Triple Threat

Triple Threat

Posted August 30, 2004

Just minutes before Ben Gordon, Luol Deng and Chris Duhon entered the Berto Center for the first time to meet their new coaches and teammates, Bulls GM John Paxson and Head Coach Scott Skiles told the team’s 2004 Draft picks that they were counting on them.

“We need guys who are ready to come in, contribute, give us some minutes and help us win basketball games,” said Paxson to the trio. “I’m confident you three will do just that.”

The three newest Bulls were immediately dubbed “gym rats” by Paxson and Skiles. These are guys who love the game and don’t mind spending late hours in the gym, honing their skills. “All of us come from winning programs,” says Gordon. “We’re definitely going to bring that winning attitude here to Chicago, and hopefully someday soon we’ll be competing for a championship.”

Said Paxson on Draft night, “We need scoring, shooting, toughness, guys with a passion for the game and a high basketball IQ, and I believe we’ve found them.”

Now it’s your turn to get to know the Chicago Bulls’ 2004 NBA Draft picks.

Decked out in a gray suit highlighted by a pink silk tie and shirt the evening of the NBA Draft, the Bulls’ first pick (and No. 3 overall) declared with a grin that you have to be pretty to wear pink. Bulls fans are hoping that 6’3”, 200-pound Ben Gordon, a standout guard who helped lead the Connecticut Huskies to the 2004 NCAA title, will be a knockout in a Chicago Bulls jersey.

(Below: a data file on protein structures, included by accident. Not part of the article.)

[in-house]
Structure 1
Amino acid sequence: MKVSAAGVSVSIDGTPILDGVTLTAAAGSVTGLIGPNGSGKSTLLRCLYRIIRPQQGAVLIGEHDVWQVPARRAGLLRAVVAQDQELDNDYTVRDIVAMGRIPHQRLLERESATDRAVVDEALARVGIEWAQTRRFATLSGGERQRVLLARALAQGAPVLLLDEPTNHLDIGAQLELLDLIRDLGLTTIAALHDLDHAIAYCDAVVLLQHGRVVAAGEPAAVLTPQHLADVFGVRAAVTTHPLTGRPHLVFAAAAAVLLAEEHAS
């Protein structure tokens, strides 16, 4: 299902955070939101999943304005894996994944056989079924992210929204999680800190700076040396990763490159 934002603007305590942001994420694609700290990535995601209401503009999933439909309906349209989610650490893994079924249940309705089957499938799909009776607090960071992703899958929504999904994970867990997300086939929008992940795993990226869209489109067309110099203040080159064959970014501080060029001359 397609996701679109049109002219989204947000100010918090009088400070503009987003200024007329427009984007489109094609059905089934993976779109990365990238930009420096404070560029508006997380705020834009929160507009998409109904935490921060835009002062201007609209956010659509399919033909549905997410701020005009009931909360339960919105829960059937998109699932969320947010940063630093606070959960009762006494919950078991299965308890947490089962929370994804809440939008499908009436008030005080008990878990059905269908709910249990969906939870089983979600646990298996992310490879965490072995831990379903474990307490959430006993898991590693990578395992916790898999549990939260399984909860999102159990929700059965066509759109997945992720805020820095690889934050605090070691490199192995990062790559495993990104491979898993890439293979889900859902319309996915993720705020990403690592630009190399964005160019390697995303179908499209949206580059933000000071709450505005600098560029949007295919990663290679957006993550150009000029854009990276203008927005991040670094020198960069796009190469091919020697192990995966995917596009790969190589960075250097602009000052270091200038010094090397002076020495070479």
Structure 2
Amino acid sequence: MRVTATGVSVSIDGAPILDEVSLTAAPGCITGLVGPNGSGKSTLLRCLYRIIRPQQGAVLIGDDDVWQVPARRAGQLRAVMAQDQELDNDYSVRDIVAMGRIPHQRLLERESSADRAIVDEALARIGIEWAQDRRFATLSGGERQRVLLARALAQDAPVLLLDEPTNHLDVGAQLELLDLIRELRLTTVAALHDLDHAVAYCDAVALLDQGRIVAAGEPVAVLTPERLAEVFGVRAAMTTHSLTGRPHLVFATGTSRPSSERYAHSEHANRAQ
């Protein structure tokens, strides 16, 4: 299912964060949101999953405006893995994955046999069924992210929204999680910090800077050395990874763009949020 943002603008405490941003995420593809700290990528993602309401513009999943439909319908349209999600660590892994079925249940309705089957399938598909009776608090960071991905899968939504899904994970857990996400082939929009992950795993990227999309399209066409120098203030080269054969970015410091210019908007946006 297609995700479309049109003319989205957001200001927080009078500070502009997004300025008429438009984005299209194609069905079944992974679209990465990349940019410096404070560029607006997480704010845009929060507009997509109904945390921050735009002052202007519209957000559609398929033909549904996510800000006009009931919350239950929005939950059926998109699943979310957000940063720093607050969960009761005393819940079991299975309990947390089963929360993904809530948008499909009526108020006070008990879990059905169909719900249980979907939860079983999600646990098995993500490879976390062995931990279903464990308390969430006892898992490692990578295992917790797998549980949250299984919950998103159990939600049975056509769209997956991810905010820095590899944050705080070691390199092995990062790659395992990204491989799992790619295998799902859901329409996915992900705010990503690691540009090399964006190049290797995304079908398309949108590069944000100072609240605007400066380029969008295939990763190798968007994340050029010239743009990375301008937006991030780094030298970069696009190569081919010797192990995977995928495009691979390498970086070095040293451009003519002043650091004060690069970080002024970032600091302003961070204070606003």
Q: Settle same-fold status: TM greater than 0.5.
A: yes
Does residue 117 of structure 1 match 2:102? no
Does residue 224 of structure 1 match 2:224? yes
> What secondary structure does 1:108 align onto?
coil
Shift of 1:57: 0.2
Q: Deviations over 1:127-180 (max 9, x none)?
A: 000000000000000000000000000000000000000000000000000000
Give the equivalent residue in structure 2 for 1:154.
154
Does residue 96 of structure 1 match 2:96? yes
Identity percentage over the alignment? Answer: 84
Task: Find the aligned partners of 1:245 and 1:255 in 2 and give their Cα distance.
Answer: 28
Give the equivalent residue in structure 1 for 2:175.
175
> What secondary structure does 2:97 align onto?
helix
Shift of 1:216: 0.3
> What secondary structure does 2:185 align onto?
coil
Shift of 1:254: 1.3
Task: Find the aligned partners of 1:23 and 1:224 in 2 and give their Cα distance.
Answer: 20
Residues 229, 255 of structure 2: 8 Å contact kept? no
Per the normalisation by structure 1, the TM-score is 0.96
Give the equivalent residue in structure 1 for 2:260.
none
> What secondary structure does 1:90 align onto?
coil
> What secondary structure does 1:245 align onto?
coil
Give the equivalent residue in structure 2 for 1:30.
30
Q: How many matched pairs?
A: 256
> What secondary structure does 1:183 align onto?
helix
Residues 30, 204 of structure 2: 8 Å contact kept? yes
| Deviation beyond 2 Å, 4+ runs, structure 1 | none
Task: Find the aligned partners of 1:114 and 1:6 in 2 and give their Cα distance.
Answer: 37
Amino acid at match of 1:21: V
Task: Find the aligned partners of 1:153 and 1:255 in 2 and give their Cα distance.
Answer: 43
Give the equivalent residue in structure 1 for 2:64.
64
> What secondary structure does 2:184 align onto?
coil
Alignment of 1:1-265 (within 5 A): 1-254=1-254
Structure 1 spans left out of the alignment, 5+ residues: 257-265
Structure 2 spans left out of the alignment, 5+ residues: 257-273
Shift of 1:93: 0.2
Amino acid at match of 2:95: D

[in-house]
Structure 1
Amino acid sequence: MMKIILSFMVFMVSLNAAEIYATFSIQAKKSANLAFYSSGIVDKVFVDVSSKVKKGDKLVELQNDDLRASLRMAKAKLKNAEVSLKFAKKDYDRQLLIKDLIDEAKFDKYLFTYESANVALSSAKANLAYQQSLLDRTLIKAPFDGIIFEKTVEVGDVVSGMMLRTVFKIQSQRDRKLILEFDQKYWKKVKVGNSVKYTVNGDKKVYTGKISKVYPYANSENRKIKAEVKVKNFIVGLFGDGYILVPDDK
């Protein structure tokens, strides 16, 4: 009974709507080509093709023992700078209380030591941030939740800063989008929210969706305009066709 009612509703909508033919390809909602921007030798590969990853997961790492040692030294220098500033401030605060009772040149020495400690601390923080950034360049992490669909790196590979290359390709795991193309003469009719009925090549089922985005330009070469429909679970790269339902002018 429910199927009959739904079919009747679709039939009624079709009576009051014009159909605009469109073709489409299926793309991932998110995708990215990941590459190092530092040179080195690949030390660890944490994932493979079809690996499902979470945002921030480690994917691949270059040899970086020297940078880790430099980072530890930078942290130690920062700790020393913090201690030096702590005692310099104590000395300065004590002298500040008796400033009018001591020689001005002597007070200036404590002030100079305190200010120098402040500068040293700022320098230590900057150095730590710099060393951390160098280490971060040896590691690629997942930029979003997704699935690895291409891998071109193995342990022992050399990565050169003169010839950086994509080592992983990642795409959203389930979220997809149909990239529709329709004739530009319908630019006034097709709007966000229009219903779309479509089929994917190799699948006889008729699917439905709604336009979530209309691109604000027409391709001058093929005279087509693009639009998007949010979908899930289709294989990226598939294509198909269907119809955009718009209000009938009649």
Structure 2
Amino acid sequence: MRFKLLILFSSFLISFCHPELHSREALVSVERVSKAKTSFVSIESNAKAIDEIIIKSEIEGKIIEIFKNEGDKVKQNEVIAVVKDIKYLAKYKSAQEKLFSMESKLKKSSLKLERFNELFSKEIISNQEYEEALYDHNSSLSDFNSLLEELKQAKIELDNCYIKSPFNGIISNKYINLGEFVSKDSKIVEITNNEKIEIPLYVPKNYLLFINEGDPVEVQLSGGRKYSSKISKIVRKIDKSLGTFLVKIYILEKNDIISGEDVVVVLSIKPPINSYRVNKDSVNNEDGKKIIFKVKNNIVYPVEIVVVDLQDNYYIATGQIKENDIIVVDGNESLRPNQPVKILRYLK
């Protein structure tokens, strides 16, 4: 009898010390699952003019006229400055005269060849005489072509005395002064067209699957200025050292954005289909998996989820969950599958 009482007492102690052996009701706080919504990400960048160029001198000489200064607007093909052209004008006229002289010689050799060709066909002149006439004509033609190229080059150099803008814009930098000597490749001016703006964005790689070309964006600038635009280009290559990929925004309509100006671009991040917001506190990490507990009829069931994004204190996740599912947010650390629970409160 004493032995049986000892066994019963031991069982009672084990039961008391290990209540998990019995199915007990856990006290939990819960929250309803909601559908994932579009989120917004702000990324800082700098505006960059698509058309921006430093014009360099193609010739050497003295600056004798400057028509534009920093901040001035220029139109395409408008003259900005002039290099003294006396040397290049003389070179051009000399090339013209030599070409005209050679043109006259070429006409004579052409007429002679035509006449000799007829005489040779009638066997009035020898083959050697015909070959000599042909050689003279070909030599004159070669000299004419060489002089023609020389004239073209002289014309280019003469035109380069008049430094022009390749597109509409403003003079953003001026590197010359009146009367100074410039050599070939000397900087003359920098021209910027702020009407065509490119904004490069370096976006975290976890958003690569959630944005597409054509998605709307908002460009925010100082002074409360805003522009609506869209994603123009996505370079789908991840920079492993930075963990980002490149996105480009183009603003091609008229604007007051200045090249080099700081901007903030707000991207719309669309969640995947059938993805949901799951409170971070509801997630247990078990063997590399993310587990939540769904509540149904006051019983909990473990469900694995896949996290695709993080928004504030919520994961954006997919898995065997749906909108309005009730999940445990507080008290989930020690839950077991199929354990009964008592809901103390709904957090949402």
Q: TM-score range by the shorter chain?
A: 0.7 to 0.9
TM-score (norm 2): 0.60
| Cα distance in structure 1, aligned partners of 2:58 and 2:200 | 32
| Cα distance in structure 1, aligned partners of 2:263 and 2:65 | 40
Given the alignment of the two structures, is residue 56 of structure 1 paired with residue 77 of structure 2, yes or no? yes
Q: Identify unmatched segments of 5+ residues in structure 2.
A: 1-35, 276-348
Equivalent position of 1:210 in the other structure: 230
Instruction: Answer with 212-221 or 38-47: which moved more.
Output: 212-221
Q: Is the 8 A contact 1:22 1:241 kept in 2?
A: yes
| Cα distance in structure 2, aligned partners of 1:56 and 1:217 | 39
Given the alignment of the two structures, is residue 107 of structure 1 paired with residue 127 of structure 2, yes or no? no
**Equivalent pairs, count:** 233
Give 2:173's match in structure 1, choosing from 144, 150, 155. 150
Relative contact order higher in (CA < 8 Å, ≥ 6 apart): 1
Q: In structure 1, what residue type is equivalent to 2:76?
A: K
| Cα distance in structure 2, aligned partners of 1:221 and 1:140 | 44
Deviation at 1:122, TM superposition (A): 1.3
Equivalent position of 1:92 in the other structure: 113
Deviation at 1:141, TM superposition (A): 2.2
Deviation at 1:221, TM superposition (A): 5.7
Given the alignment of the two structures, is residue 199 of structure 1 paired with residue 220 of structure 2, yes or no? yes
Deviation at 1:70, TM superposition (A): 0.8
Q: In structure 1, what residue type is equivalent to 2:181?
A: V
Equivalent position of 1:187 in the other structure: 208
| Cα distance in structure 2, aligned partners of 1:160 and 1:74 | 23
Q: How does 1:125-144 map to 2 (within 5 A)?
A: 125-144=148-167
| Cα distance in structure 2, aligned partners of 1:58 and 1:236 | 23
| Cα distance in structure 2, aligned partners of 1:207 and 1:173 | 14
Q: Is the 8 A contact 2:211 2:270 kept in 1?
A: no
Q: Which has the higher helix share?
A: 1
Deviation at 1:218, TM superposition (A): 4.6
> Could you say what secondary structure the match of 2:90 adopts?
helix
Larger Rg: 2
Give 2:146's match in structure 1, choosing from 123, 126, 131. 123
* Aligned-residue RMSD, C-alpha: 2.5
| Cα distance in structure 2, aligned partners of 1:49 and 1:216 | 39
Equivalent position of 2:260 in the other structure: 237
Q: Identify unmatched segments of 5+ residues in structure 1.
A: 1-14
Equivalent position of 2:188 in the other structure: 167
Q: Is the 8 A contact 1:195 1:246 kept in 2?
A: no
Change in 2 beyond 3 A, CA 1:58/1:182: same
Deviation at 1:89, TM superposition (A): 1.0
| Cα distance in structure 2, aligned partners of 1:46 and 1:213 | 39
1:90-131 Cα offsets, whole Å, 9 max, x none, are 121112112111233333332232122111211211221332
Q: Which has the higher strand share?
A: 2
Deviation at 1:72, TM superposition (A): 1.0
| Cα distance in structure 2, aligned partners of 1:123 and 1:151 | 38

“He can really shoot the basketball, and he can break people down off the dribble. We’re going to have a very exciting backcourt,” declared Paxson.

Gordon, 21, was born in London, England, on April 4, 1983. Ten months later, he emigrated with his Jamaican-born mother, Yvonne, his sister, Ingrid (now a schoolteacher in New York), and two aunts to join his grandmother Avis in the United States. They first settled in the Bronx, and eventually the entire family moved to a three-story house on the outskirts of New York City in Mount Vernon, New York.

“Ben had love and affection all around,” says Yvonne, who, at the urging of her son, just retired from her long-time secretarial job at IBM. “Whenever he came home from school, there was always someone there to meet him. When he’d come home from grade school for lunch, his grandmother was there. And if I ever needed a sitter, there was always someone there to help out.” And, she adds with a laugh, “He got discipline from all angles.”

Ben Gordon was a studious kid who wasn’t allowed to play basketball until he finished his homework. His favorite subject in school was math, though he also enjoyed biology, dissecting all the insects and bugs he could find. According to mom, Ben used to say he wanted to be an ecologist or a surgeon when he grew up—not a basketball player.

But he loved basketball too. Growing up, young Ben hooped-it-up across from his house at the local park, at the local boys club, or at a spot down his street called the Tree Stump, where a hoop and backboard still adorn an old tree by the curb. Whenever he was running late for dinner, Yvonne always knew where to find him.

“He was a very focused, hard-working and obedient kid,” says Yvonne. “I didn’t allow much room for him to stray. I was always concerned with outside influences, whom he was with and where he was.”

Ben was also brought up in the church. And to this day, the family still attends the Tabernacle Church of God in the Bronx, where, as a child, Ben sang in the youth choir and attended Sunday school.